Last week, California Governor Jerry Brown signed into law the Gender Recognition Act of 2017. The law adds “nonbinary” to male and female in official state documents. Residents who identify as transgender have applauded the new legislation, which will also make it easier for them to change their gender on official state documents.
According to the National Center for Transgender Equality, “non-binary” means that an individual doesn’t identify as either male or female.
California is the first state to include nonbinary as an option for birth certificates.
At a reported cost of $500,000, the state’s Department of Motor Vehicles will change official documents to offer this third gender category. That option will also be available for birth certificates, allowing those who no longer identity with male or female to obtain a new birth certificate that documents their nonbinary status.
Authored by Democratic state senators Toni Atkins and Scott Wiener, the Gender Recognition Law of 2017, S.B. 179, takes effect in January 2018.
It will also allow individuals who now identify as transgender to change their official gender status without the previous requirement that they provide a physician’s affidavit to confirm they had undergone treatment for gender transition. The law would require court appearances only if a petition were challenged.
Though many details are not spelled out, it would seem that the Gender Recognition Act will allow a biological male to have his birth certificate changed to identify him as a female, without undergoing hormone treatment or sex reassignment surgery.
While some have raised questions about the need for an individual to change their gender in official state documents without transitioning to the opposite gender or adopting a nonbinary identity, a member of the staff at KQED, a public radio station in California, said this law would be welcomed by residents who found the previous requirement too burdensome.
“I’ve been very privileged because I live in an area where people support me. There’s a lot of people that live in other areas where it’s difficult to find a doctor that’s willing to write that note.” Kazmarek explained.
Governor Brown has also signed legislation that allows individuals in the state’s prisons and jails to change their gender identity and name before their release.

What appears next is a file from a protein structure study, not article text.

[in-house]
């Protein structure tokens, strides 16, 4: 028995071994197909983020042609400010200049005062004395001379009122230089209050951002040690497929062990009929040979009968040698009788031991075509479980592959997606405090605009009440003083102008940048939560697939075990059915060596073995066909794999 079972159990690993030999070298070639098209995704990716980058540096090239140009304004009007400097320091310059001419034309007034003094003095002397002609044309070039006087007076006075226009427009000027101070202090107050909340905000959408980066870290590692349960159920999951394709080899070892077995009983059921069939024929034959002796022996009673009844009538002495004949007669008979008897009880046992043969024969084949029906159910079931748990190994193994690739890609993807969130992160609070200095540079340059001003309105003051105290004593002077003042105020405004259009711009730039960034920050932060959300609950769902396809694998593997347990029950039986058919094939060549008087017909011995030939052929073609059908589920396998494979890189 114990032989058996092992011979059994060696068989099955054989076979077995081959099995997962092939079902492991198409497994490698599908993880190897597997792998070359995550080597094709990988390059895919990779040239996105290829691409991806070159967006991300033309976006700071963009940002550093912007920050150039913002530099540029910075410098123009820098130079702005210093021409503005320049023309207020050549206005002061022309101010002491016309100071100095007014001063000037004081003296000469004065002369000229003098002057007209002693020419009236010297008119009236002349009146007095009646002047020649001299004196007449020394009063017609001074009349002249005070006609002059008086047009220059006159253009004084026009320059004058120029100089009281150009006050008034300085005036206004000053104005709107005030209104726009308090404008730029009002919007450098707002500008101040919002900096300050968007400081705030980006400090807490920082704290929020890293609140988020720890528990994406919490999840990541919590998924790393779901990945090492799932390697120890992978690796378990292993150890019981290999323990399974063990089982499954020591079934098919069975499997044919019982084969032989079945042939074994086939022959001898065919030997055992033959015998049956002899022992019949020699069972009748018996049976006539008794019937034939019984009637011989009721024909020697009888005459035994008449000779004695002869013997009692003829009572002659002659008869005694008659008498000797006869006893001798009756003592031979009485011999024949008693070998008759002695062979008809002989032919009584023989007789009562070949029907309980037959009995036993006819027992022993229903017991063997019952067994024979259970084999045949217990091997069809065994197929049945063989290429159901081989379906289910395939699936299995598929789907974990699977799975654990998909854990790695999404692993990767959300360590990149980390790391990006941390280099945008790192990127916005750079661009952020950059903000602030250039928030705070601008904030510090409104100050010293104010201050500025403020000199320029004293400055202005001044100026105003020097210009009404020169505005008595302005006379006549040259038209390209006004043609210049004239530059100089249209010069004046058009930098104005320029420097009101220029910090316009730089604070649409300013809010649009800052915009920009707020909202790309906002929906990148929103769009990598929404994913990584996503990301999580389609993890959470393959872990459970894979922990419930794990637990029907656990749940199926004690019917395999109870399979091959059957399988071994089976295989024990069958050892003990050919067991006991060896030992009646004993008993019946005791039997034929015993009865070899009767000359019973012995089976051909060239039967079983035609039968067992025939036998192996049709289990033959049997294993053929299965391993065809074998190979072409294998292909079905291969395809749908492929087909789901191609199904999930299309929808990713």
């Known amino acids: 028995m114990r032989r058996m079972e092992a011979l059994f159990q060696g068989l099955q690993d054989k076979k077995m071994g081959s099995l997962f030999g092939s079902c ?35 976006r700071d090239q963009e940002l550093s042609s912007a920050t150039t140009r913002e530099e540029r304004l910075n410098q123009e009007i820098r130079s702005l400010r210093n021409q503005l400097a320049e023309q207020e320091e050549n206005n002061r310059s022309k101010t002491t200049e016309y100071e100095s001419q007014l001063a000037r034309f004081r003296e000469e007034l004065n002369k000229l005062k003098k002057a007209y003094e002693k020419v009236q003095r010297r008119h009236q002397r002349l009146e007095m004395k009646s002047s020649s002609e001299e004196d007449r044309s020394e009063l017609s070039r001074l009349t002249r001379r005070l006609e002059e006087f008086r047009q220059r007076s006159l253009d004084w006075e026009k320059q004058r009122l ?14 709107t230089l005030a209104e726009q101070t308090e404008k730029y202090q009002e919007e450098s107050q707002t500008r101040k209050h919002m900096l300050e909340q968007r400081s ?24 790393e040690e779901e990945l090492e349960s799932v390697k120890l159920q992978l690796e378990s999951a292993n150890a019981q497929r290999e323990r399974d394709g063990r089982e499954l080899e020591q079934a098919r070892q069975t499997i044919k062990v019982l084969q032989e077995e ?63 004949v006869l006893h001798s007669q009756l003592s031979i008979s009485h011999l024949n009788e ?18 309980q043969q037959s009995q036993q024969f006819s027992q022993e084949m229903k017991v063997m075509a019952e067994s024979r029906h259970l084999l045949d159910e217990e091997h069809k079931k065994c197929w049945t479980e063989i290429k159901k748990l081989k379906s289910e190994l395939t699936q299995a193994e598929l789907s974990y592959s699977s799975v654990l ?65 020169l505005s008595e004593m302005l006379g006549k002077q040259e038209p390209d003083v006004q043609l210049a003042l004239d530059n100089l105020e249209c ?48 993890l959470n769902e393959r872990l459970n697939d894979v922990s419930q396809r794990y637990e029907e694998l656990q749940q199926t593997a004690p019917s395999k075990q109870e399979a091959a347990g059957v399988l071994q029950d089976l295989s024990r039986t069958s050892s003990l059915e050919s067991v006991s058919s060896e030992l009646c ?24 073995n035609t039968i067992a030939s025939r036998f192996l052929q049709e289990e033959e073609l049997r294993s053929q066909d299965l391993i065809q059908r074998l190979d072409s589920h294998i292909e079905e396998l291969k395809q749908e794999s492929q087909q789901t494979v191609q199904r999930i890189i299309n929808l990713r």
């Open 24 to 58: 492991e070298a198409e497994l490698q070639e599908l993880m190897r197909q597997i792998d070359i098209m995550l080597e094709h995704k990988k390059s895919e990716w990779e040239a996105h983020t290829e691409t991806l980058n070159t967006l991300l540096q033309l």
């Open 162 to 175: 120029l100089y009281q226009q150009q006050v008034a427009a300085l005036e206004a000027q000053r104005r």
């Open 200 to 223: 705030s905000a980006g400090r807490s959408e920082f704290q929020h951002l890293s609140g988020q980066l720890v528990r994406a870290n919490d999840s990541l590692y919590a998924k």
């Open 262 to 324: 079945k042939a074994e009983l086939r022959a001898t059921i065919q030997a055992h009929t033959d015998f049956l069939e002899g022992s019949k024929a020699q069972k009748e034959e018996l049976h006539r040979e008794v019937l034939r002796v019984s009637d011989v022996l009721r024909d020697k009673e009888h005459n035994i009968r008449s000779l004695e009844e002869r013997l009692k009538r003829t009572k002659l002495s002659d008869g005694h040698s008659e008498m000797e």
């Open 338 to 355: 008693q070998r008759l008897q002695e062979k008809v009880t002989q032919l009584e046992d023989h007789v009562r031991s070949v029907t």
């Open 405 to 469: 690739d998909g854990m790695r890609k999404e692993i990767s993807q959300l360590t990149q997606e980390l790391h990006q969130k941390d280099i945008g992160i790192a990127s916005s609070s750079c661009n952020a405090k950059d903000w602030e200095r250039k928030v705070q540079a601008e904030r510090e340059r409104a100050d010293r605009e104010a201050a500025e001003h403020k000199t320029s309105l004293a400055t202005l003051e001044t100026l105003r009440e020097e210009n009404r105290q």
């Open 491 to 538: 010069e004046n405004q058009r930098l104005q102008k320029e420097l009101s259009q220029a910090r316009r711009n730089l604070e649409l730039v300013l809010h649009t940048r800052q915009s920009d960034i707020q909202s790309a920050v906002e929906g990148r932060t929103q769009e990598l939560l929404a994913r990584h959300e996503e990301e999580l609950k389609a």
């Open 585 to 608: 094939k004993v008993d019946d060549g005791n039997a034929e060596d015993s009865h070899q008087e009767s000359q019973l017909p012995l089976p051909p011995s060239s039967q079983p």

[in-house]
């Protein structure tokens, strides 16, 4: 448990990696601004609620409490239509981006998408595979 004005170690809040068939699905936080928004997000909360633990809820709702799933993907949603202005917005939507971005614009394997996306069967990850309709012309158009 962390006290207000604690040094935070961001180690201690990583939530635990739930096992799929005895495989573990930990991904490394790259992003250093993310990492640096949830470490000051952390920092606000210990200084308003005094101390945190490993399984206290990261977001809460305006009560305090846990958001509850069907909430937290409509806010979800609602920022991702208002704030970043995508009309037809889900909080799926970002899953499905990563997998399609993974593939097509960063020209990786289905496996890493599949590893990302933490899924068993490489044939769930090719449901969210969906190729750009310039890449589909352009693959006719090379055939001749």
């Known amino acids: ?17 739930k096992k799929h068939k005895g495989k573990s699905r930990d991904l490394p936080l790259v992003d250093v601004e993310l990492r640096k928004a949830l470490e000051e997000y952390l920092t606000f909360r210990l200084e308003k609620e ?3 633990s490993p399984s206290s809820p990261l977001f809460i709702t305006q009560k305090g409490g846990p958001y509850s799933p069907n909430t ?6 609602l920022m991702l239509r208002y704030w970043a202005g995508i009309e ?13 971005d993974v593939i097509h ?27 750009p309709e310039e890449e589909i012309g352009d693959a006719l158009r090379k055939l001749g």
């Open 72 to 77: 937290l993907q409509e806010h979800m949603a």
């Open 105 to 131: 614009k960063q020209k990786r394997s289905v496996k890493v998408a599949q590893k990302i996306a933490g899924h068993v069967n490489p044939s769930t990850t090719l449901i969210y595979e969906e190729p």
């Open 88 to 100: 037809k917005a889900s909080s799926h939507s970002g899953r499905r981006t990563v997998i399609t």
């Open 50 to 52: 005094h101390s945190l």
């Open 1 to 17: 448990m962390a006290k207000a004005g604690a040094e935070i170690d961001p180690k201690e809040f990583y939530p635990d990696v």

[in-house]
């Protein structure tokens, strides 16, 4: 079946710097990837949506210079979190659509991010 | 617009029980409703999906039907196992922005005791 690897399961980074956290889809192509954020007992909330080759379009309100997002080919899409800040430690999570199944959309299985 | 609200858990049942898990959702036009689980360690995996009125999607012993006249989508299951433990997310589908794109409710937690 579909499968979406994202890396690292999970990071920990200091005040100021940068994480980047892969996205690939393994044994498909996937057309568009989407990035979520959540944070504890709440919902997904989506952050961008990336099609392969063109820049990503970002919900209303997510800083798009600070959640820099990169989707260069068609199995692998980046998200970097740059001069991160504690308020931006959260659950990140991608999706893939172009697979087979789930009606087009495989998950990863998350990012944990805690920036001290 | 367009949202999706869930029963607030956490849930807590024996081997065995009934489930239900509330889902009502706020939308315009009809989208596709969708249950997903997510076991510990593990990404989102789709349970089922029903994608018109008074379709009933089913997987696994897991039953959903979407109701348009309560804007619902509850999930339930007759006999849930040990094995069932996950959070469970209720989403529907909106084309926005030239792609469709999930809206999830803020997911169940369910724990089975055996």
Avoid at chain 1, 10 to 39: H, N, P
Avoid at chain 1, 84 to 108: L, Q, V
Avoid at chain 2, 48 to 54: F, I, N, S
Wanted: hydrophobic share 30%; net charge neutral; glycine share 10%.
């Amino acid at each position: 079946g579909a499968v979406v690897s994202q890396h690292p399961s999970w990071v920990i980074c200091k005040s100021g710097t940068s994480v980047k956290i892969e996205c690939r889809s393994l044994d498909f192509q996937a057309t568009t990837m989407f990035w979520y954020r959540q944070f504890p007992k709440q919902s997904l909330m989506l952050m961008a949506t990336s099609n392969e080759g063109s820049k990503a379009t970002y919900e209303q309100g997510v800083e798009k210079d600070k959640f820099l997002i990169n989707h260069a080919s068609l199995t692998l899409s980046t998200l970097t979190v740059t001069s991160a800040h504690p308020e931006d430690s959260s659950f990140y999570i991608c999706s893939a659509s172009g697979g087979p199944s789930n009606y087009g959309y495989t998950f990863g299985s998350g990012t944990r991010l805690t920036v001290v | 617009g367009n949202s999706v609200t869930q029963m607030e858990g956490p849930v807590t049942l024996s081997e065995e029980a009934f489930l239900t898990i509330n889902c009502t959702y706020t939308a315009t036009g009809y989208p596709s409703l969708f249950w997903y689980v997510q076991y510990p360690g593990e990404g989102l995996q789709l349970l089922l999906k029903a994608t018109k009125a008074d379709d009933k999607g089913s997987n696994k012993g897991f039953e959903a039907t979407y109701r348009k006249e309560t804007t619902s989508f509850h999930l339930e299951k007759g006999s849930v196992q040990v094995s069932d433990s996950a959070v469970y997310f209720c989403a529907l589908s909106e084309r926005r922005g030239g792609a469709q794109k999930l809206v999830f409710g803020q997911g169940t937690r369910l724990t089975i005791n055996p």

Given the strong support for LGBTQ rights in a Democrat-controlled state legislature, criticism of the proposed legislation has been muted.
But earlier this year, Jonathan Keller, of the California Family Council, urged state lawmakers to oppose the bill in a column for the San Diego Union-Tribune that raised serious questions about the “lack of medical oversight and age requirements.”
“Changing one’s gender identity is not a light and transitory matter. But this bill treats the process as a mere legal formality, not the radical and life-altering decision it truly is,” argued Keller.
SB 179 does not merely lower the age requirement for changing one’s legal gender identity, but removes it altogether. At a news conference when introducing the bill, Sen. Atkins told The Bay Area Reporter: ‘I have personal friends I know who had to confront and face this issue with their children who were as young as 3.’
“How can a parent make such a life-changing decision for a child who hardly understands the meaning of gender?
Keller raised an additional issue:
SB 179 would create an administrative minefield for California organizations and institutions. The new ‘nonbinary’ gender created by this bill would likely be subject to the federal Title IX statute.
“This means California’s nearly 150 public colleges and universities, and all 10,453 public schools would be required to provide not only male and female athletic teams and facilities but non-binary ones as well. This would result in a massive new federally mandated expense to the state.
Some legal experts have disputed the last point, but in the shifting landscape of gender identity politics and legal arguments worked out in federal courts, Keller’s concerns on this last point may prove to be prescient.
Ned Dolejsi, who leads the California Catholic Conference, told me that his organization had also opposed the bill and “invited the governor to veto it.”
As gender identity issues continue to gain traction as a new civil rights issue, some public-school communities and religious schools and nonprofits have opposed policy changes that would allow biological males to enter girls’ and women’s bathrooms and shower facilities. In a number of such disputes, opponents have insisted that gender identity issues do not provide sufficient justification for putting public safety at risk, and birth certificate that confirm an individual’s gender reassignment are required.
I asked Dolejsi if this new law could render such objections moot, and he said it was too soon to speculate on the law’s long-term ramifications.
“This is early in the process,” he said, while noting that Catholic schools across the state and the country have developed a variety of policies to address such matters.
“Private Catholic schools have religious freedom protections,” he added, ”whether we are sued, is another story.”
More importantly, he underscored the Church’s concern that young people struggling with gender identity issues would not get the help they needed, and would simply be given a document registering a new gender marker. This is not a real solution for a troubled person, he said.
For now, though, most Californians are marking this new moment with applause or keeping their mouths shut.
Sasha Buchert, an attorney with the Oakland-based Transgender Law Center, is one Californian who has embraced the new benchmark for LGBTQ advocates as another step toward a brighter future.
“Hopefully we’re working toward a day,” Buchert told San Jose’s Mercury News, “where we don’t have gender markers on our documents at all.”